Through the Looking Glass, written by our Director, Christopher Rossiter, examines the recent reports on literacy that inform the education agenda and asks – is universal provision what it seems? We look at what we mean by literacy, by being ‘disadvantaged’ and ask where those learners with SEND, most of them in mainstream school settings, fit into the picture. Are the conventional assumptions accurate, or is the ‘Looking Glass’ world very different?
All the reports we analysed are well-intentioned and aimed at raising literacy standards. However, if we are not precise with our language, if we don’t examine the nuances and complexities behind the definitions we use and if we don’t include children and young people with SEND in our aspirations, we will not raise general literacy standards. In addition, we will not use the limited funds available wisely, and most importantly, we will fail those learners with SEND who are capable of great success even though their reading and writing skills may not be comparable to those of their peers.
Our aim is always to be practical. Therefore we have made a series of recommendations that we believe, if followed, will make real changes to the literacy landscape and to those learners with SEND, particularly those with literacy difficulties. We pride ourselves on being collaborative and so we welcome the views and opinions of others on the issues we have raised.
An analysis of the text in 21 strategies, policies and initiatives from some of the leading educational and policy organisations in the country identified the following key themes:
Influencers and policy makers
1. Publish a national literacy strategy that reviews current and proposed strategies for literacy and ensures that they set goals that relate to the needs of all learners (including SEND), and address the requirements for those who may not be able to reach SAT or GCSE standards for literacy.
2. Review the role of the SENCo to ensure that the current roles and responsibilities actually deliver evidence-based practice
for SEND learners.
3. Ensure that any government strategy on literacy is coherent with the SEND Code of Practice and vice versa.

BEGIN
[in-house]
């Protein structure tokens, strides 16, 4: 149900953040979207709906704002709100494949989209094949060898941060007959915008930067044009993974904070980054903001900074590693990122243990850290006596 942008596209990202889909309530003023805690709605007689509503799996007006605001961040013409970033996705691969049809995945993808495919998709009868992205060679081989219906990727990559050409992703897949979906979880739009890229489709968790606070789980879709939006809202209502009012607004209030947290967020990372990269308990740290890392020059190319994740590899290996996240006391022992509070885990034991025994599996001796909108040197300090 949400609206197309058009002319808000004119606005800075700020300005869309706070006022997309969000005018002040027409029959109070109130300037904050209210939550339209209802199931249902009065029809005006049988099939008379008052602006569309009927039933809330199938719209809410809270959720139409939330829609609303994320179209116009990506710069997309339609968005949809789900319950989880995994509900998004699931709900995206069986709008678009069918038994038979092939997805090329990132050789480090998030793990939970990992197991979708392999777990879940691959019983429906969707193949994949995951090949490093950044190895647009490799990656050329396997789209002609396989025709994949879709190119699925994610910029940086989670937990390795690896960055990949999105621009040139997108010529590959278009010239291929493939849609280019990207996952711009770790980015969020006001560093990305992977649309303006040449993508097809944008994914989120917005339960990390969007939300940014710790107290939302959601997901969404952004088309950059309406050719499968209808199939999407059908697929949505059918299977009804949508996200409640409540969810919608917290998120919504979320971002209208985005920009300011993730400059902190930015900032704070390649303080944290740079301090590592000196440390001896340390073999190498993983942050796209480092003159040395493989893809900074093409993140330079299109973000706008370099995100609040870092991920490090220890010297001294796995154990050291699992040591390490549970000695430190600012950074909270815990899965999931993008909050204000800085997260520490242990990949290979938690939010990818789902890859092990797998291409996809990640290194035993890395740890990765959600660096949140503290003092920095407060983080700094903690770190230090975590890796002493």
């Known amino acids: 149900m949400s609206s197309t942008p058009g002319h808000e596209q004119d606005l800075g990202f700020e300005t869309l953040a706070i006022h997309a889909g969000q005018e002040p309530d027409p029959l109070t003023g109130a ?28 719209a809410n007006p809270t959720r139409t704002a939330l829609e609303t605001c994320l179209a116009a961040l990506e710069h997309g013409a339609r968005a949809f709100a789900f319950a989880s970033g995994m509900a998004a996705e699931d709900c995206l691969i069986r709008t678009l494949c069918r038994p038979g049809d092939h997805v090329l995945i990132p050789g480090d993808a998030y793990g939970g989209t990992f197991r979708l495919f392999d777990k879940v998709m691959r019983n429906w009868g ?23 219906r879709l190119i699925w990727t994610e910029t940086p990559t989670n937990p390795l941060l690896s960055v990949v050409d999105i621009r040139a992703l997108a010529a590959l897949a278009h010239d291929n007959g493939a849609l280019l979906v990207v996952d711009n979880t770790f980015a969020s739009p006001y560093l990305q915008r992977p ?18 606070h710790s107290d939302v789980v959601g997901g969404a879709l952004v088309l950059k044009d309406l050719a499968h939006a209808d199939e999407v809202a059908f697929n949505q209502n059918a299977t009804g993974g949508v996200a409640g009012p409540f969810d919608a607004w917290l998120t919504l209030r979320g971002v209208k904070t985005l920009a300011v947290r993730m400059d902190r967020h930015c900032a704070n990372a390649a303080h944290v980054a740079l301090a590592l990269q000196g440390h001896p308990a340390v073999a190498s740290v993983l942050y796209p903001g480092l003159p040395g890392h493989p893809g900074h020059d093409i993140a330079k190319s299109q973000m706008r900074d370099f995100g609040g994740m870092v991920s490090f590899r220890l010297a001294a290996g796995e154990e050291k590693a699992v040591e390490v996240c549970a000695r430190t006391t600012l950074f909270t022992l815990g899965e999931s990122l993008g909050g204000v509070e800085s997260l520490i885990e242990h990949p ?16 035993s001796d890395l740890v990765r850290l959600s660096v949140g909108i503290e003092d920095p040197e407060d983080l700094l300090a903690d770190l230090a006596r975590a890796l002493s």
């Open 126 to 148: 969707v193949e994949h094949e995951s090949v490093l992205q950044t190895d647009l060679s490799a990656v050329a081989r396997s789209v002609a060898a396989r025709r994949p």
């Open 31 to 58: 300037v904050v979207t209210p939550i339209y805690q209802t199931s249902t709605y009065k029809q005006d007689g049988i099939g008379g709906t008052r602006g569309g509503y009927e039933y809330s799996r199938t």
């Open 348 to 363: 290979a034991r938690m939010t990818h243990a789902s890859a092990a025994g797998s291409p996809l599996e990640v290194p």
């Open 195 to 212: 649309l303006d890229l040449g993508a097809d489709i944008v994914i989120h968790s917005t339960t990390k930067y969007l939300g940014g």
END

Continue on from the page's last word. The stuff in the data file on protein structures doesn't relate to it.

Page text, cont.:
4. When funding or considering commissioning research, ask whether the work includes SEND learners who are likely to need
5. When funding literacy initiatives, include specific funding criteria that will encourage bids from those looking at truly universal approaches and approaches that make best use of specialists.
6. Review the number and availability of SEND specialists in the system and how these are being used.
7. Develop a strategy to ensure specialists are available and embedded across the school system, including mainstream settings.
8. Ensure that SEND and literacy strategies work harmoniously, with a particular focus on how learners, who may never reach ‘mandated’ standards in literacy, are supported.
9. Consider how funding could be used to boost the number of specialists across a cluster of schools.
10. Increase targeted sharing of effective practice in relation to literacy between for example, SENCos, faculty and subject leaders across curricula and educational settings.
The Driver Youth Trust commissioned this report to understand the extent to which teacher trainees received training on Special Educational Needs and Disability, particularly dyslexia. The study found that while teachers overwhelmingly thought it important they received training to help teach children with dyslexia, over half revealed they had received no specific training at all. For nine out of ten teachers surveyed, initial training on dyslexia amounted to less than half a day.